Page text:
As for innovative concert programmes I am with you 100% but I feel that some people will argue that we are currently playing what the audience wants since we manage to categorise all audience members as people who enjoy easy listening pieces and hate pieces which bands categorise as test pieces or heavy pieces!

Anyway, good points Nicola...carry on giving your opinions, they seemed to be based on valid points.
 
horn1 said:
I think one of the biggest problems at the moment is the take up of instruments by school age children and the retention of these players. When I began playing it was because my primary school had a band and I was the type to volunteer for anything! My family has no musical background and without this opportunity I doubt I'd have ever started playing at all. I'm attempting to recreate this type of opportunity at the school I teach in at the moment. We have a number of brass instruments and in return for ccommitment from the students they will be provided with tuition and an instrument.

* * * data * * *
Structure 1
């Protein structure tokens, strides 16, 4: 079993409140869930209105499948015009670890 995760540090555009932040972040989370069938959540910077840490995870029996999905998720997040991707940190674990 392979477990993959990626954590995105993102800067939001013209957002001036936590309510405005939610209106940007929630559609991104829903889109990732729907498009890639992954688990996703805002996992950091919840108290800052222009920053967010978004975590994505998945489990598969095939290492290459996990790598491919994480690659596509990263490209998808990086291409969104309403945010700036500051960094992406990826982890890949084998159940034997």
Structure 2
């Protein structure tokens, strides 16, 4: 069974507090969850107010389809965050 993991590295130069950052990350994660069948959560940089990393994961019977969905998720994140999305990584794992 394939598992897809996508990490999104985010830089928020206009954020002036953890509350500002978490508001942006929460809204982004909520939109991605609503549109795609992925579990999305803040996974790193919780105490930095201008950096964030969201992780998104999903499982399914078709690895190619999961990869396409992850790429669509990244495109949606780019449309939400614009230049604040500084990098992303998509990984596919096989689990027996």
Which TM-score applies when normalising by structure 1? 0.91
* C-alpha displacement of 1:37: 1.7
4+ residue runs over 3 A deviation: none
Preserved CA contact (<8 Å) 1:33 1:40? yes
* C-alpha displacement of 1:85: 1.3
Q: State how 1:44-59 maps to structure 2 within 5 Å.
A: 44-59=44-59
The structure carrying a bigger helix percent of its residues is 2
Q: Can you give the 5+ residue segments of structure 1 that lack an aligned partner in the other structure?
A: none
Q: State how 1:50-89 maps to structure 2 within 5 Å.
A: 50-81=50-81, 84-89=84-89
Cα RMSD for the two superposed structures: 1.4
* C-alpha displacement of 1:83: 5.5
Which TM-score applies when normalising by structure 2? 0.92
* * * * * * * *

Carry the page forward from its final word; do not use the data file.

You are very lucky then with your school.
Perhaps the retention and attraction to young players is affected by cost. When I started playing, my school was very similar...they had a set of reasonable instruments, a band and tuition was provided at no cost.

My daughter has now started to learn the cornet. She is lucky in that she can use my old Soveriegn, otherwise I would have to rent an LEA instrument, of which the quality look very dubious. I also now have to pay £85 a term for her shared 1/2 weekly lesson, plus should she decide to join the county band, will also have to pay an additional sum for that.